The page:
Green Team members: Brittany Byrnes, Kayla MacDonald, Israel Mohammed and Elanor Dillabough
On August 9, 2018, the NAACAP Green Team visited four sites around Lundrigan’s Marsh to assess soil characteristics and water pH. The sites we visited included the hill just behind the parking lot of the Newfoundland Liquor Corporation (NLC) where our 2018 Green Team had previously planted trees, the lookout path overlooking Lundrigan’s Marsh, the northern margin of the Marsh, and the south eastern margin of the Marsh behind the PF Collins property. What we found painted a picture of a wetland with a recent history of human impact and change.
Soil texture at the NLC tree planting site and the lookout path were very similar; soils at both sites were composed of mostly course and fine gravel. The predominance of gravel found at these sites was due to infilling of gravel fill, and other human activities in the area. The pH of both of these sites was slightly acidic at a pH of around 6.0, which is very typical for Newfoundland soils.
However, the soil pH at the other two sites was far from typical. The Green Team observed that this was likely due to ongoing human impacts, which have been occurring over the history of industrial development and urbanisation around Lundrigan’s Marsh. The introduction of lime leachate from the substantial concrete deposits around the south and eastern portions of the Marsh may have altered the pH of the water and soil, making it a more alkaline environment. (Note since this soil sampling took place, NAACAP removed some of this concrete).
In the majority of Newfoundland’s wetlands, black spruce is a dominant tree species, and can often be seen fringing their perimeter, however the alteration of the pH of Lundrigan’s Marsh has changed its composition. This human impact has allowed Lundrigan’s Marsh to support different plant species uncommon in Newfoundland wetlands, including cattails, which are not as tolerant as black spruce to acidic environments.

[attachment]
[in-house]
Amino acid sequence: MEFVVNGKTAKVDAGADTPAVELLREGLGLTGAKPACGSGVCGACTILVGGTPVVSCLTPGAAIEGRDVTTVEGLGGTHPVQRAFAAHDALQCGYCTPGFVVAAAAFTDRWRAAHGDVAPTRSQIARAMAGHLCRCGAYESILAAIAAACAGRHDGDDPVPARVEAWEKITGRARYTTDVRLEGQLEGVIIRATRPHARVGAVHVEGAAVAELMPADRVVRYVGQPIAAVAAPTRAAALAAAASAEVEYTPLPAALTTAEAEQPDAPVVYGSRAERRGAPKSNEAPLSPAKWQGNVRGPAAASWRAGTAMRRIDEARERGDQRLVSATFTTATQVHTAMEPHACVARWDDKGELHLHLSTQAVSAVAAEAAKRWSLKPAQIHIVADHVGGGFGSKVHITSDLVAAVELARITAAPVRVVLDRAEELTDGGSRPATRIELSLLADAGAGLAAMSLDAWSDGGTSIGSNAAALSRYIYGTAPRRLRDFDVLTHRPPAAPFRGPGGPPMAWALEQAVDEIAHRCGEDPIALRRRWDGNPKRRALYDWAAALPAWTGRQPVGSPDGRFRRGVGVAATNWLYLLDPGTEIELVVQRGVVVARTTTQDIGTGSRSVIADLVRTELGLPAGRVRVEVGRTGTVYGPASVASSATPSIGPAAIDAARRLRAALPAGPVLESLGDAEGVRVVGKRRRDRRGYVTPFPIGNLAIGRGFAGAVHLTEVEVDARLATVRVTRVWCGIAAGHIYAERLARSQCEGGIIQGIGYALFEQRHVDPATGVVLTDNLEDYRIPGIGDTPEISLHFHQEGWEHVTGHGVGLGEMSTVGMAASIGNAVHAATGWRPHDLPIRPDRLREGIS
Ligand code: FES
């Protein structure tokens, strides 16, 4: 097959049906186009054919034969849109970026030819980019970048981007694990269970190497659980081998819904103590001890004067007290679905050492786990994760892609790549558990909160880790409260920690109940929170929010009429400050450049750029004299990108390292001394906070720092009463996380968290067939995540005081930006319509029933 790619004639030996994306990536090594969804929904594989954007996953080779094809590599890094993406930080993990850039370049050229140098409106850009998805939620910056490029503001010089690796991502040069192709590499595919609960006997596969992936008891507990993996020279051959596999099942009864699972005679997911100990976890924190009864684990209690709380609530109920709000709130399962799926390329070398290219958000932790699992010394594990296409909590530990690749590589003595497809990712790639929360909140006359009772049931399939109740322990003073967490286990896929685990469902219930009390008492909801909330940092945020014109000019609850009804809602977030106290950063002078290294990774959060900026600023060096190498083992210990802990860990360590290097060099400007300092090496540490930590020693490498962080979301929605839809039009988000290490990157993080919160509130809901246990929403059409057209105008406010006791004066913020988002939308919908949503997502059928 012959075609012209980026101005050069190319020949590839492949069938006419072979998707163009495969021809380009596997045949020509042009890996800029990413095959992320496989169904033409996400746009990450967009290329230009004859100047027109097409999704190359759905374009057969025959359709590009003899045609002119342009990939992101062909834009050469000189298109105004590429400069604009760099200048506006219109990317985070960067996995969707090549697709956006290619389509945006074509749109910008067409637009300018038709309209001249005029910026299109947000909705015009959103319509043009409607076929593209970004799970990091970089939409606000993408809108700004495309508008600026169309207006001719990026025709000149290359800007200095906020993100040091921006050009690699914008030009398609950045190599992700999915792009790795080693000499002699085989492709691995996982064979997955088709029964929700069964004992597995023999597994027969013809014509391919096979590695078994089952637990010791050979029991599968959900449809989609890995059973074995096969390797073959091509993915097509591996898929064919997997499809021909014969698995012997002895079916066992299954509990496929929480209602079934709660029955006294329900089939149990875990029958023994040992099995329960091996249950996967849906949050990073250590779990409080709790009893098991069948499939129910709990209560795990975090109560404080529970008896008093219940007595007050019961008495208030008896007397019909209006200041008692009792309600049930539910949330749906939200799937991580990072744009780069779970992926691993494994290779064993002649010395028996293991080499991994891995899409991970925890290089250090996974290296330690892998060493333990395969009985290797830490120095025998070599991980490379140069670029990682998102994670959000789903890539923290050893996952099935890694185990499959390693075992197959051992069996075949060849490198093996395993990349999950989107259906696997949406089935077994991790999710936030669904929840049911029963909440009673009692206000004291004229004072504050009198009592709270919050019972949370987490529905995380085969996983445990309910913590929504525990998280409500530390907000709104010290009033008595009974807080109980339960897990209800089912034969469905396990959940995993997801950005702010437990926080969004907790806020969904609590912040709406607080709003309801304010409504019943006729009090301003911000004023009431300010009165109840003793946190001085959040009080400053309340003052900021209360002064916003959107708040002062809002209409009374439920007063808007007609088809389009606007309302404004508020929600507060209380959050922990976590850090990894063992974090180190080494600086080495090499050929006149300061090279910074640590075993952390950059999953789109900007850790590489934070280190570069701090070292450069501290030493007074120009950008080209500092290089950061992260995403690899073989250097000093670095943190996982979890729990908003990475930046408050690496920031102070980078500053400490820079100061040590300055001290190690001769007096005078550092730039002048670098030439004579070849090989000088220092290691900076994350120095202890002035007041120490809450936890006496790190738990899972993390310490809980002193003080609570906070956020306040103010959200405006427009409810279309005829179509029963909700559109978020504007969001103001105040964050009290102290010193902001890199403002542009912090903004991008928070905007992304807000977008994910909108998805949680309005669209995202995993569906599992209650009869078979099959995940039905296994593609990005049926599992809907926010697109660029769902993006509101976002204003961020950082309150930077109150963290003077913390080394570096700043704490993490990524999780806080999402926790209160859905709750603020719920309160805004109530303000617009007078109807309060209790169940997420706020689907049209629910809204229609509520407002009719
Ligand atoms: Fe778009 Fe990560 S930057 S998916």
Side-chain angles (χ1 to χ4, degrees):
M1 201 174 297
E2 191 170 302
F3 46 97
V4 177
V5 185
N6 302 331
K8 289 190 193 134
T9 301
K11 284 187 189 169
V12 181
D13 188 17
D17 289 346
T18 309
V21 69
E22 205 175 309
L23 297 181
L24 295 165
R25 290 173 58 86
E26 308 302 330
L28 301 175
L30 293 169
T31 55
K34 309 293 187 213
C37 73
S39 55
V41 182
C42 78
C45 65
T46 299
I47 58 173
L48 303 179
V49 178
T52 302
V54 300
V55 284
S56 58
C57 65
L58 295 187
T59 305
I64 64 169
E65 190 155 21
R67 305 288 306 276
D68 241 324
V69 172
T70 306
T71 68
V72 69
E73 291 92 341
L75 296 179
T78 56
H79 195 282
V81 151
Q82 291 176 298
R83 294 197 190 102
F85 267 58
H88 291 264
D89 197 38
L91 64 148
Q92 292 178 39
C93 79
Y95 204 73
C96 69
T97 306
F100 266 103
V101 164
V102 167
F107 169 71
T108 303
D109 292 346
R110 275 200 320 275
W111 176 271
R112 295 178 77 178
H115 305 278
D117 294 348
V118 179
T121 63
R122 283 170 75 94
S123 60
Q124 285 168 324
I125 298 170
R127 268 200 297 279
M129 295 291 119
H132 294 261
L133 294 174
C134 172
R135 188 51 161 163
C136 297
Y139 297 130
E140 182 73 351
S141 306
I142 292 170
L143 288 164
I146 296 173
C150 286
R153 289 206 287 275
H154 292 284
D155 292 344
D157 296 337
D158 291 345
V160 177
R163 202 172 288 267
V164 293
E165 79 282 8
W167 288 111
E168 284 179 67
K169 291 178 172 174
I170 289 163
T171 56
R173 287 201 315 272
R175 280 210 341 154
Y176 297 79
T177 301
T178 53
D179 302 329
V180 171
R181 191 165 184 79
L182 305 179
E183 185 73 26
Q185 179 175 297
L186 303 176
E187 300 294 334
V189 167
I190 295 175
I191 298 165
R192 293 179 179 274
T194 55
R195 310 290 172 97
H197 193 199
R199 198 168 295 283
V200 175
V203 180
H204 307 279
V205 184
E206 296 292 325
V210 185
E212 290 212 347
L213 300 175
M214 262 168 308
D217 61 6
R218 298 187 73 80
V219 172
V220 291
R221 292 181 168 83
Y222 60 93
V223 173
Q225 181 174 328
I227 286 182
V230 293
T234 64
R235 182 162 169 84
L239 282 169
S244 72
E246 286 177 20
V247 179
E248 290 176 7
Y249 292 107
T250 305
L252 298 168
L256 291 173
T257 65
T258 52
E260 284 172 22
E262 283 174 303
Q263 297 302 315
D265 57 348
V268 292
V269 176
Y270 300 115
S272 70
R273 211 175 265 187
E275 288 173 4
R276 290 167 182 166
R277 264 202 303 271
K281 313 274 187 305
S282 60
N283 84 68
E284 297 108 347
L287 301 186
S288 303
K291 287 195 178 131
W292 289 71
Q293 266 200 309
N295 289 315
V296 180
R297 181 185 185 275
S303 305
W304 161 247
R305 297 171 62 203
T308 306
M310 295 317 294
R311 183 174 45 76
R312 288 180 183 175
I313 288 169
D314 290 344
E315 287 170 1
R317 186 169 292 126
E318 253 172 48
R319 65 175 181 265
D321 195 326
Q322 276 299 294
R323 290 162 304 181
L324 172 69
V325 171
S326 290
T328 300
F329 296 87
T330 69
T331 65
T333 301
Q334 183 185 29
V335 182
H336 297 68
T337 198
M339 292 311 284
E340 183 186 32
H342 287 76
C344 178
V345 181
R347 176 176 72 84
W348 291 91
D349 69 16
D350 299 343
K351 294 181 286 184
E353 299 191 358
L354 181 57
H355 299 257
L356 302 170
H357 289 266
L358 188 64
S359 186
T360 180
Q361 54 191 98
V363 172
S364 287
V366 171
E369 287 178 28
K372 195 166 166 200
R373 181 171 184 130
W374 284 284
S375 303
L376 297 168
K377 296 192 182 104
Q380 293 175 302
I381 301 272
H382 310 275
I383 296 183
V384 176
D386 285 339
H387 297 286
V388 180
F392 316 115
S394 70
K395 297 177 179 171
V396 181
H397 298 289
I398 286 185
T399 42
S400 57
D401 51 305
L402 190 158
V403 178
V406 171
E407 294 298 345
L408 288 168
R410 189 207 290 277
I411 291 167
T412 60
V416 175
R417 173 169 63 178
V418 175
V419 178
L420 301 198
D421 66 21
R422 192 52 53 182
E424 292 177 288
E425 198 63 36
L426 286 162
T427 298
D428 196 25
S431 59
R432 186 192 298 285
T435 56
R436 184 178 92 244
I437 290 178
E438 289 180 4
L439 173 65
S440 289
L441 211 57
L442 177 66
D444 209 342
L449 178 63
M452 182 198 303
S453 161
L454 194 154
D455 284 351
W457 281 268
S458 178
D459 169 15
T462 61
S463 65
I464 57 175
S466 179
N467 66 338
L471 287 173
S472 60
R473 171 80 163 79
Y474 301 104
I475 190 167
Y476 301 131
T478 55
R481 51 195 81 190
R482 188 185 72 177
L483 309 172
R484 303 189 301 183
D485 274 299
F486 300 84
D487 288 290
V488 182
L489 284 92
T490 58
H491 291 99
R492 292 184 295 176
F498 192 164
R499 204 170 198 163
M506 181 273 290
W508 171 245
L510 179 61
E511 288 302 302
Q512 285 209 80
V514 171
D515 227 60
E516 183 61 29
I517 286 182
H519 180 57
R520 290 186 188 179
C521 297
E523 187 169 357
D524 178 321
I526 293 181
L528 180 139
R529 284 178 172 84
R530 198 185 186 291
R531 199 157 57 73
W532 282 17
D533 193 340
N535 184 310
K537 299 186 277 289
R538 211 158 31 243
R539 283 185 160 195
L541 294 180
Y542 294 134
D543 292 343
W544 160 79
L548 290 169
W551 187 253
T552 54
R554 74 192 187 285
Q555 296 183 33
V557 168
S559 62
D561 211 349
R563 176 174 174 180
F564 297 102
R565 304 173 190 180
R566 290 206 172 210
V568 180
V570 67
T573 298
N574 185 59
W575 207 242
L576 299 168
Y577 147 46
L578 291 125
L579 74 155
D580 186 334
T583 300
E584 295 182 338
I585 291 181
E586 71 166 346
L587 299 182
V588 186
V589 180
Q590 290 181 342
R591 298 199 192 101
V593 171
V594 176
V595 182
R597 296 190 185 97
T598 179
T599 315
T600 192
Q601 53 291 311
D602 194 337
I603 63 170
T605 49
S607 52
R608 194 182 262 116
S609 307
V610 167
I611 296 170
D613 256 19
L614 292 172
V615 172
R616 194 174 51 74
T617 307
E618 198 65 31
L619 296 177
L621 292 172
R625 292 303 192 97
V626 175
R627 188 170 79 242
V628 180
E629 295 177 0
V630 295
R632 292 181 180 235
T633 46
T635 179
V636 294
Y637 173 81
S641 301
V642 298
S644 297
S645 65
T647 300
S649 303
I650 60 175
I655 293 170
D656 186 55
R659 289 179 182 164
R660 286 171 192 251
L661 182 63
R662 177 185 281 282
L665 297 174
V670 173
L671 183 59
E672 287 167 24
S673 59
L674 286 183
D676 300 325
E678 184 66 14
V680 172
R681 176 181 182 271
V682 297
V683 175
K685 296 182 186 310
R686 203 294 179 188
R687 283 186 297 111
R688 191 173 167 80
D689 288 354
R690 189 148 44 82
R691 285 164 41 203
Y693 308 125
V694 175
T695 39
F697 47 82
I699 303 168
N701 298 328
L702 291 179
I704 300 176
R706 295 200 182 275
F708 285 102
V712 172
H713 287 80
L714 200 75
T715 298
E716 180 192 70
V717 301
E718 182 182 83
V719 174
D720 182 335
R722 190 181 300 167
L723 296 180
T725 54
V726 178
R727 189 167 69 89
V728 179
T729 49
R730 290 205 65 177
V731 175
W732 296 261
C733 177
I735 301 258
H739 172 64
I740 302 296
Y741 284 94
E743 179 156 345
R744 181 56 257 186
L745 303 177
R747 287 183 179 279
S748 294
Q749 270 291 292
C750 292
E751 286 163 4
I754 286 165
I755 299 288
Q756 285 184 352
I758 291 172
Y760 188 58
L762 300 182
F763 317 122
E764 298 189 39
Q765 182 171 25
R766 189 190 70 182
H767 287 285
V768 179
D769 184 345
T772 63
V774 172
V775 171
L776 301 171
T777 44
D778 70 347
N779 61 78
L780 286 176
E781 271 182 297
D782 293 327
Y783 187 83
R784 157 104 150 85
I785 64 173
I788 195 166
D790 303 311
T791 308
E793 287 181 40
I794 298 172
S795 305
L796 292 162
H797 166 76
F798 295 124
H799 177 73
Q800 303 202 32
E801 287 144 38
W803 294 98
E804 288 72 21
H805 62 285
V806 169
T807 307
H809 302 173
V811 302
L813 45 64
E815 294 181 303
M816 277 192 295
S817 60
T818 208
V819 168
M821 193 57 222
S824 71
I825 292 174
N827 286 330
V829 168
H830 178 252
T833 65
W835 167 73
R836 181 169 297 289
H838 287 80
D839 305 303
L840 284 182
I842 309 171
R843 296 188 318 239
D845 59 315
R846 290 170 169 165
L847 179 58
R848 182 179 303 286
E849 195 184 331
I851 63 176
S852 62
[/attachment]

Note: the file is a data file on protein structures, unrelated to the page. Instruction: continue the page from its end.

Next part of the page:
The Green Team found that soils within the margins of the Marsh were mostly comprised of clay and silt, and was less likely to have been directly deposited there by human activities such as gravel infilling than the other sites. Because of the level of ongoing development around the Marsh, however, it is difficult to rule out the possibility that much of the silt and clay deposited in the Marsh may have arrived there as runoff from nearby land shaping activities. The leftover cement continues to maintain the unique alkaline environment at within the Marsh, where the Green Team found that the pH of the pond water was slightly alkaline at a pH of 7.5.
Newfoundland soil and surface water is naturally slightly acidic, in part due to the scarcity of naturally occurring limestone at the surface. Therefore, the pH of Lundrigan’s Marsh can vary. Water from the northern margin of Lundrigan’s Marsh, which is far away from the large concrete deposits, was found to be at a pH of 6.0.
The Green Team was astounded by the soil sampling results in the site to the left of the lookout behind the PF Collins property. Soil was collected from below an area that had naturally revegetated over the concrete that had been deposited into the Marsh. This soil was so basic that it reacted by bubbling vigorously when an acid was added to it. This vigorous reaction implied that the soil had an approximate pH of 9. The plants that were able to grow in this extreme alkaline environment were impressively tolerant of both the alkaline conditions as well as the physically demanding environment.
Our testing of soil characteristics around Lundrigan’s Marsh has revealed the ongoing human impact throughout its recent history from when Lundrigan’s Concrete Ltd was first established, to the modern ongoing development and expansion of the city.